What will it take to rebuild Brand America?

On the eve of the 2020 U.S presidential election, it’s nigh impossible to predict who will come out victorious when the world begins to stir come Wednesday morning. The incumbent – an infantile narcissist of a man who’s built a rabid following off the back of polarizing rhetoric, is pitted against an experienced, yet somewhat uninspiring septuagenarian. Americans have never been more divided in opinion, nor have the stakes ever been higher. Yet the question on my mind is how much of a decline has Brand America endured in the last four years? And how will it rebuild its legacy?

From consumerism to music, literature and cinema, to world-renown universities and other celebrated institutions of free thinking, for years, Brand America has cleverly infiltrated the cultural mindset of every nation through soft diplomacy. The ideology of the American Dream has been a constant paradigm, reminding us all that irrespective of your ethnicity, education or socio-economic background, the land of the free is where everyone has equal opportunity to be or become a somebody. And we’ve been more than willing to lap it up.

For many of us who spent their formative years in developing countries, the possibility of moving to America was what dreams were made of. Whether through green card lotteries or the pursuit of university degrees, the lucky ones (who I count myself among), got to experience that pipe dream to varying degrees of satisfaction, largely determined by our own hopeful expectations. In the eyes of friends and family, the ‘privileged’ moniker didn’t even begin to cover it, yet the reality of American life was that it just wasn’t all that. After being influenced by decades of cultural imperialism, the harsh reality was this; I was disappointed by the homogeneous cultural mindset prevalent in your average American, hidden under the guise of supposed individualism. There’s still much about the U.S I admire, but my three-year run isn’t something I’m particularly keen to relive again anytime soon.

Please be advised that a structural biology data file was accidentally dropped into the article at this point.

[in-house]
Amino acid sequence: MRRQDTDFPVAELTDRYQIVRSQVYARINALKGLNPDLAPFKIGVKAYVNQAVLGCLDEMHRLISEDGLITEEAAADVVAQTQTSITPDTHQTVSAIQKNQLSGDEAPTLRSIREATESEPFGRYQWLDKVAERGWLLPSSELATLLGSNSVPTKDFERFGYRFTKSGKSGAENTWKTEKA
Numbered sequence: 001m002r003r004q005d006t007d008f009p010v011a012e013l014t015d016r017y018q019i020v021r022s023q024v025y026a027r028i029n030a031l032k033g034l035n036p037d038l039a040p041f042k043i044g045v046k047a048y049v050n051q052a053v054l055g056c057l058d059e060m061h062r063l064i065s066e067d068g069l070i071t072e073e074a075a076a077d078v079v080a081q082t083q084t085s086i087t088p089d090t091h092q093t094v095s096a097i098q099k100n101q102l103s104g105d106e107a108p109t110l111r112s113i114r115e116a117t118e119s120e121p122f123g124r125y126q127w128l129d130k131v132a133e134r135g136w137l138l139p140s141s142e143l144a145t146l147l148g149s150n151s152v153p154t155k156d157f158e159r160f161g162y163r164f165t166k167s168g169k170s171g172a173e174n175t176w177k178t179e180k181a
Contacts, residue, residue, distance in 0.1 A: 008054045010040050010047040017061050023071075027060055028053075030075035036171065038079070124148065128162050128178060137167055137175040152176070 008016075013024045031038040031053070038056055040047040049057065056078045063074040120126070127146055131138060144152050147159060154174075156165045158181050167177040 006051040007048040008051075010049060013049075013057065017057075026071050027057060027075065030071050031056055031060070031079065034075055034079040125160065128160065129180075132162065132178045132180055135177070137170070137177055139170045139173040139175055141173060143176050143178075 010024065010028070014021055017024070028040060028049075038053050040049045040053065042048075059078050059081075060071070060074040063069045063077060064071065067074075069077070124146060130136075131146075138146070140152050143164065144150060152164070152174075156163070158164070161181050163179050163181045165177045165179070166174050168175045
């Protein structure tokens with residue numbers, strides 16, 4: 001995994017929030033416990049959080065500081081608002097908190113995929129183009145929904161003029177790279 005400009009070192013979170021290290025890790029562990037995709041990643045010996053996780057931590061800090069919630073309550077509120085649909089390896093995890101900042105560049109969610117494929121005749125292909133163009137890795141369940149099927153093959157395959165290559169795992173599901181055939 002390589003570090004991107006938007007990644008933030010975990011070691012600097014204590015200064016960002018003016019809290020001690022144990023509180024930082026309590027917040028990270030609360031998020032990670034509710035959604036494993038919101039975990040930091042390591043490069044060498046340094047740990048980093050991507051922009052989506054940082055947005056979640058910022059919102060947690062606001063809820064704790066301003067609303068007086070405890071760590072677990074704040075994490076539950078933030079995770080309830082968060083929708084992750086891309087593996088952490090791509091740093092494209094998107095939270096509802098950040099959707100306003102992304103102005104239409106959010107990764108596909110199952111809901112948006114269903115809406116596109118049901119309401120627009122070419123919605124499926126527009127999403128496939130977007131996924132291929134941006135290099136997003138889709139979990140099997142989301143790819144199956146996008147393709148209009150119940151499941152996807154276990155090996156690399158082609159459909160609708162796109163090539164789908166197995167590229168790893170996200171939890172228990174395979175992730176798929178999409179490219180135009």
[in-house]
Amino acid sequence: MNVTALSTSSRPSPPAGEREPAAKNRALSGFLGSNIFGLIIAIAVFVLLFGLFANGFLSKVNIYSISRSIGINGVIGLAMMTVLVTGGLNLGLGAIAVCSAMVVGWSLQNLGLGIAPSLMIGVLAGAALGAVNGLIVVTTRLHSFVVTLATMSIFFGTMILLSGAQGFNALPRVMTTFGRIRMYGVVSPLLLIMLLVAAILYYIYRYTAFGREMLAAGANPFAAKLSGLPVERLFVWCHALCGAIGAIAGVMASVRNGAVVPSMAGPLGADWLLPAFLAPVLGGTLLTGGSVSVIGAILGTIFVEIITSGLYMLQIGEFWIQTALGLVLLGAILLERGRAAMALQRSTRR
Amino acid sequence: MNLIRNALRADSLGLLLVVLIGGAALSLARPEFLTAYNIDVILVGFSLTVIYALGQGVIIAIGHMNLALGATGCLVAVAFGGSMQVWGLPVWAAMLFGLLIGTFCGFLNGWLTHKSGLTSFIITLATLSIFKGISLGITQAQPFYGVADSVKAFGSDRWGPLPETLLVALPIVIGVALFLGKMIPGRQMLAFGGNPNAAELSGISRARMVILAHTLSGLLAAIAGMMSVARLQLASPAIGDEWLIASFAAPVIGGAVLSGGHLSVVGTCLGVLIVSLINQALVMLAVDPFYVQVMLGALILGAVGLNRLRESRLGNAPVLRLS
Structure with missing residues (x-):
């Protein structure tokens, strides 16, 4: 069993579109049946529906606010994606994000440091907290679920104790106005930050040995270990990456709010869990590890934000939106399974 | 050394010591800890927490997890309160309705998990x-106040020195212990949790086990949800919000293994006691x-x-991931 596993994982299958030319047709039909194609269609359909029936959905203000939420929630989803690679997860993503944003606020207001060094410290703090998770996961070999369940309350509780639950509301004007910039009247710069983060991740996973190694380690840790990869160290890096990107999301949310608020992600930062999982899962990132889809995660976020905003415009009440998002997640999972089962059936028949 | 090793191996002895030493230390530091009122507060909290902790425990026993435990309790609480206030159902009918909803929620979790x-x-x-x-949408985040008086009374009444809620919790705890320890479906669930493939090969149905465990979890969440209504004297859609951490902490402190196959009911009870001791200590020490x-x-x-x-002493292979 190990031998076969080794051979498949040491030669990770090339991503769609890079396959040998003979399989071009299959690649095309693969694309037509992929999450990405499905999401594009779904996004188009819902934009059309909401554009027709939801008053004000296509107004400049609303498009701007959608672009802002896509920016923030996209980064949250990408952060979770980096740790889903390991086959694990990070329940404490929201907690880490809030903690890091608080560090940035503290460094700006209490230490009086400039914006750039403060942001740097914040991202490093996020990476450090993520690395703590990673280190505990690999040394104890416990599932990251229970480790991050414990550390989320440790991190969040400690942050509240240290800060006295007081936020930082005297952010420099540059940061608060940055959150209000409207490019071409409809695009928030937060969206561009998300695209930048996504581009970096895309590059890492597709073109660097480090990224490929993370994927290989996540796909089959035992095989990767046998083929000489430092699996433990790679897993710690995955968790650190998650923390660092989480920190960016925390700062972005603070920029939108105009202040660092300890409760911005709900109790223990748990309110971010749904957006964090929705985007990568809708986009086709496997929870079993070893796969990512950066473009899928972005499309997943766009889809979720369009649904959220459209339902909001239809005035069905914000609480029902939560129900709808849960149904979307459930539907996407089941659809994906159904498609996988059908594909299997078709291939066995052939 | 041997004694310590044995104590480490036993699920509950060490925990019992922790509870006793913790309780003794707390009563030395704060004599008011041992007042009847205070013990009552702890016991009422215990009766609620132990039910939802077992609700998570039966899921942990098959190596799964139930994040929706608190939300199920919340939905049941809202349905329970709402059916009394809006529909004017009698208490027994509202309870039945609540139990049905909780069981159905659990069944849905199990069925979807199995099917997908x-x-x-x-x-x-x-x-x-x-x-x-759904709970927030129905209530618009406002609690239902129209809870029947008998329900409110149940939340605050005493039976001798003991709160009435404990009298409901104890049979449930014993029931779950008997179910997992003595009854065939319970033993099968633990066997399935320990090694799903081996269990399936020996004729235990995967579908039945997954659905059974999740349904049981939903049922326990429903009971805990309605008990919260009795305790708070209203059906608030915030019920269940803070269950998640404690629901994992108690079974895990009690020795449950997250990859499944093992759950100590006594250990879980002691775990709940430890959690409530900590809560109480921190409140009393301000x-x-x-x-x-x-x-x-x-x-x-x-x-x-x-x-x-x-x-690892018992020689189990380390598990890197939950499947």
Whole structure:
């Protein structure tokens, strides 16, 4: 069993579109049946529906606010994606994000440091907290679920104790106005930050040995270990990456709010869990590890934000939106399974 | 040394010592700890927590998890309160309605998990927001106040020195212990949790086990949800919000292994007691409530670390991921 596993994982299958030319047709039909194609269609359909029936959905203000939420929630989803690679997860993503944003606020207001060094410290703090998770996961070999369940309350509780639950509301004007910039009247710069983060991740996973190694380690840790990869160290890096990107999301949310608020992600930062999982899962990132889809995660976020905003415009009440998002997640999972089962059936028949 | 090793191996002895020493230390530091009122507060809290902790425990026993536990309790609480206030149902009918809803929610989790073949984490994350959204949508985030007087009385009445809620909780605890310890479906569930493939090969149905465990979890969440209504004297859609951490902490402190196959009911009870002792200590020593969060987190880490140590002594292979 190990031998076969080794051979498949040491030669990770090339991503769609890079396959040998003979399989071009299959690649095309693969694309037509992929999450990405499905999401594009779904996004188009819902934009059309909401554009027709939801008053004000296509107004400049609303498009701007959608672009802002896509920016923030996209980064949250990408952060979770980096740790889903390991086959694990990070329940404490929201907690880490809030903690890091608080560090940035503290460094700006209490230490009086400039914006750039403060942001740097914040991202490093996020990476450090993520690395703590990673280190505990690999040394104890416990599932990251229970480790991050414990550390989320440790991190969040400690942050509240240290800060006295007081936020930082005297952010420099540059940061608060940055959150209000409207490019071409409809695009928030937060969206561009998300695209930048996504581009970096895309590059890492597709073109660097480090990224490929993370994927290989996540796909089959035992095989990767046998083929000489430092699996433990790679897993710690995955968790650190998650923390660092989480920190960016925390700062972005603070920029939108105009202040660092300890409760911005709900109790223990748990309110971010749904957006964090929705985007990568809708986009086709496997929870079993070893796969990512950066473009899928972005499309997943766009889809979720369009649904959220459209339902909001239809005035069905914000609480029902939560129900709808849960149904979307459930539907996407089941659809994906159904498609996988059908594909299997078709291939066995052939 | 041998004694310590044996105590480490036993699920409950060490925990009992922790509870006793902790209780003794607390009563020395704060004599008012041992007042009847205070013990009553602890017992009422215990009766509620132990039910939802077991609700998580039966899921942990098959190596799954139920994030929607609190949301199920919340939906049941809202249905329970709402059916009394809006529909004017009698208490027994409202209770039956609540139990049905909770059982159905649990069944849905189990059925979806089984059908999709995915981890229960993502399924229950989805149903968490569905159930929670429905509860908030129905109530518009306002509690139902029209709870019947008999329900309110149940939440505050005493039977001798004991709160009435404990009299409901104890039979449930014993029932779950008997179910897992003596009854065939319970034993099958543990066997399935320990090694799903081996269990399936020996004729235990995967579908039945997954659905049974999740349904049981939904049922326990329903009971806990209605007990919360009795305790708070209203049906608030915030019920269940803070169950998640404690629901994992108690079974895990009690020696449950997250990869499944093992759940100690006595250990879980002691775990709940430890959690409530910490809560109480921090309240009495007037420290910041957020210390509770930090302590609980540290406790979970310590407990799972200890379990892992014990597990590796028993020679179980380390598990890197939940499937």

It would seem I’m not alone. From European university professors turning down tenure-track opportunities at prestigious Ivy League schools, to African musicians shunning the promise of stratospheric stardom, the axis of desirability has firmly shifted away from the American Dream. In a reverse exodus, American expats have discovered the virtues of universal healthcare, six weeks paid vacation and a quality of life comparable (read: better) to the best of what they’ve left behind. Tired of the incumbent Administration’s divisive political agenda, jingoistic hubris and inflammatory racial aggressions, socially mobile American expats have opted to vote with their feet, seeking greener pastures as part of a role reversal.

It’s hard to overlook the reputational hit Brand America has taken in the eyes of the world, and the many hallmarks of the Trump-era will require some mental distance before all is forgiven. Presuming there’s a new leader in the White House come January, the American Dream will require significant triage to take it beyond a cunning promise, and back into coveted lifestyle territory.

Only time will tell.

Image credit: Chris Riddell © courtesy of The Sunday Observer

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